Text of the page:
SC: You've carefully set Cowboy Angels not just in another universe, but 20 years back in time; is it a deliberate commentary/satire on contemporary (interventionist) US politics and the cult of the 'individual' there?

PM: One of the reasons for setting Cowboy Angels twenty-three years in the past is that the advanced technology of the Real, which has developed a method of travelling between alternate histories, doesn't have to be too different from our own present technological level. I didn't have to introduce all kinds of distracting and pointless futurism. Also, I lived in the US for a couple of years in the early 1980s, so I think that I have a fair idea of the cultural and political feel of that place and time.

Cowboy Angels is certainly influenced by the current situation in America, and the wars in Iraq and Afghanistan (I believe I mentioned that I started writing it in 2003), although it isn't a direct satire on Bush and other inhabitants of the White House Bubble. As my friend Jack Womack has put it more than once, it's currently impossible to either improve on or keep up with reality. American foreign policy since the Second World War, and in particular the role of the CIA in attempts to prop up unsavoury regimes and roll back the Communist Hordes, are equally important in informing the story and atmosphere. I had a lot of fun researching the CIA's Black Ops, and turning that information to my own fell purposes.

SC: Researching CIA Black Ops sounds like a special kind of fun - what are your "favourite" examples of them?

PM: Many of the CIA's Black Ops had tragic outcomes, but quite a few were frankly bizarre. The plan to supply Castro with exploding cigars is well known. There was also a plan to spray Castro with an LSD-like drug before he gave a radio speech, and plans that played on the fact that Castro loved scuba diving: a gift from a friendly attorney of a brand new wet suit, its breathing apparatus dusted with tuberculosis bacilli; planting a specutacular seashell boobytrapped with explosive in a spot where Castro dived. G. Gordon Liddy and former CIA agents working for Nixon's reelection were caught during the Watergate burglary, but the Nixon campaign planned numerous black propaganda operations against the Democrats, including publicising fake Democratic political events to make people angry when they turned up and found no party or free beer, and planting provocateurs with bizarre 'quirks' in anti-Nixon rallies to make it appear that his opponents were crazy Communist freaks.

Don't forget that George W. Bush's father was once head of the CIA...

SC: Bob Dylan regularly crops up in Cowboy Angels -- are you a fan of his? Do you listen to music while you're writing, and if so how much does it shape the final product?

PM: I'm a fan of Dylan and all kinds of music that now falls under the rather artificial rubric of 'Americana', and of the music from the golden age of the 1920s and 1930s. One of the strands of thought that informed Cowboy Angels is Greil Marcus's idea, closely argued in his book Invisible Republic, of a lost, weird America that's chronicled in the music of Bob Dylan, the Band, Dock Boggs, and many others. If you go to the US now, you won't find that weird America any more; everything has been homogenised by mass culture and commerce. There are no hidden corners, no place that isn't connected with all the rest. It's gone. All gone. Exurbia'd, Gap'd and Starbucks'd out of existence. In the early 1980s, it was still there, just, which was another reason for setting the novel in that period. The music of Dylan and others provides a kind of ghostly soundtrack to the novel, a sign of things lost, things that need to be restored.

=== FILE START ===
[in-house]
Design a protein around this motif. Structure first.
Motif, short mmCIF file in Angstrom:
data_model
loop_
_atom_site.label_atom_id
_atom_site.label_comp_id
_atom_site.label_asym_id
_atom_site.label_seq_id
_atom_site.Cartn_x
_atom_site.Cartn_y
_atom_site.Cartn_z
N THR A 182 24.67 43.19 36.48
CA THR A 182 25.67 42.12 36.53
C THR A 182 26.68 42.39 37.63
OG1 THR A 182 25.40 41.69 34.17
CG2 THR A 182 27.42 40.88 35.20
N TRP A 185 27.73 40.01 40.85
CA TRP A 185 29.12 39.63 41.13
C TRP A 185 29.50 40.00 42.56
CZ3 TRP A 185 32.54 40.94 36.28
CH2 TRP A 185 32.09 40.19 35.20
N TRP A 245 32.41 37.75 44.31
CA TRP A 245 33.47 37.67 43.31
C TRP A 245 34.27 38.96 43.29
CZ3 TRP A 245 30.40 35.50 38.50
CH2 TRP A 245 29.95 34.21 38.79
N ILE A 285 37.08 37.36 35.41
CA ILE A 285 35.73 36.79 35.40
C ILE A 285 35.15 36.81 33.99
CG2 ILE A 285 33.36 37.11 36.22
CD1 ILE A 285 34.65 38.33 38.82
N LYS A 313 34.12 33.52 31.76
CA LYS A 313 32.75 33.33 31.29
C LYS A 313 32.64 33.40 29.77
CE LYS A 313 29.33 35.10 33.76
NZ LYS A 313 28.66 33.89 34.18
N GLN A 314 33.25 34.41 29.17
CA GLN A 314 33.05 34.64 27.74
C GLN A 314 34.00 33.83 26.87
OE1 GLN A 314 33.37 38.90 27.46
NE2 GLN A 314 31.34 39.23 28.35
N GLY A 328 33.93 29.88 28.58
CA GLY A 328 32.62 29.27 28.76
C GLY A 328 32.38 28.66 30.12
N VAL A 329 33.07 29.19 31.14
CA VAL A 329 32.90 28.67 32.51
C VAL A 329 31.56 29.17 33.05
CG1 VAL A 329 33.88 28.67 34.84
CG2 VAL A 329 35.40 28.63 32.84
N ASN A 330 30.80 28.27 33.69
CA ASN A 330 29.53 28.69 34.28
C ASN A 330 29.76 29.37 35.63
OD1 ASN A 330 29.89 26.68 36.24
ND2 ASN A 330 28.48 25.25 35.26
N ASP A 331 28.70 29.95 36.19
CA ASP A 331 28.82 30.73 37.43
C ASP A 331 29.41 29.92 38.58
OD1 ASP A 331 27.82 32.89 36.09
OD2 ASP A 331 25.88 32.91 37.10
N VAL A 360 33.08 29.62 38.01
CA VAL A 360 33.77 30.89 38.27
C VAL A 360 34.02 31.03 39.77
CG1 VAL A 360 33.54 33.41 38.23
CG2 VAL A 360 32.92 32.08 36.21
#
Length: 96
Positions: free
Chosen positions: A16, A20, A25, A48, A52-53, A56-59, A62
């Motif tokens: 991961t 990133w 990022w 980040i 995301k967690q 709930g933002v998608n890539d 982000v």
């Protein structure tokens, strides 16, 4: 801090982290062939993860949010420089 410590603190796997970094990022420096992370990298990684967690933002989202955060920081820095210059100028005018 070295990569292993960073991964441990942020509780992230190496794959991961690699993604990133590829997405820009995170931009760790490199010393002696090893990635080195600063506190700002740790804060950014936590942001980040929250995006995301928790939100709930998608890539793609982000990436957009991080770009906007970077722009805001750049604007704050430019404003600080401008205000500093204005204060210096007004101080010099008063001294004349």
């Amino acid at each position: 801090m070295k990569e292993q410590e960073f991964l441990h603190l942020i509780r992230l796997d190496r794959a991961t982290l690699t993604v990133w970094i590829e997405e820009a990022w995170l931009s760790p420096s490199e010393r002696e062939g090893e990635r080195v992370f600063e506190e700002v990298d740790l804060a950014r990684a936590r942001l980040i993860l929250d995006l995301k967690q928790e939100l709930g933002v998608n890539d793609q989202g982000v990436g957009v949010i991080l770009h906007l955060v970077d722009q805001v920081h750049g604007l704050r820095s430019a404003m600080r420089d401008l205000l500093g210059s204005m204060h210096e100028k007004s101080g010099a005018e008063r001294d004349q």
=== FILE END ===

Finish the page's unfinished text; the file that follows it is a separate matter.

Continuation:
I listen to music when I need to get a certain rhythm of work going, but beyond that it doesn't have any input to what I actually write; what musical influence there is in Cowboy Angels comes from what I listen to when I'm not working.

SC: Cowboy Angels seems eminently filmable to me: have you had any interest from Hollywood (or elsewhere!) previously?

PM: It's being marketed to various producers in the US right now. Like just about every other novel, of course.

SC: I notice from your blog that you're a fan of Smoke magazine in particular and London in general, so as a London resident myself I'd like to ask: what's the best thing about London?

PM: Its deep history and kaleidoscopic culture. Which sounds like two things, but if you think about it...

SC: Can you recommend something unusual to see or do in the capital?

White Devils by Paul McAuleyPM: Postman's Park in Little Britain (behind St Bartholemew's hospital, which by the way is near one of the oldest surviving churches in London) has a collection of late Victorian plaques memorialising people who died heroic deaths while saving or attempting to save someone else. Every one of them encapsulates a poignant story.

SC: Can you complete Rubik's Cube?

PM: I've done it. Don't know if I could do it again.

SC: Who/what are your current favourite writers/books both in and outside the genre?

PM: Off the top of my head, no special order:

  • Don De Lillo
  • Daniel Woodrell
  • Cormac McCarthy
  • Ann Tyler
  • Jack Womack
  • James Gleick
  • Stephen Jay Gould
  • Jared Diamond
  • Christopher Fowler
  • Kim Newman
  • Alastair Reynolds
  • Robert Reed
  • Elmore Leonard
  • Paul Watkins

What else? William Gibson's new novel is one of his best. Jon Courtenay Grimwood's ambition shows no sign of failing. I've just reread several of Stephen Baxter's novels, and deepened my respect for his mastery of science-fictional tropes, and the grand sweep of his future history. Mostly blokes, it seems. Oh dear. Well, I wish Pat Cadigan would write more.

SC: Would you like to write a joint novel? With anyone in particular?

PM: I've written a couple of stories with Kim Newman. The odd thing is that what comes out isn't a hybrid of my stuff and Kim's stuff, but something else. I don't think we could manage a novel, though. The back-and-forth involved in writing a story takes long enough as it is.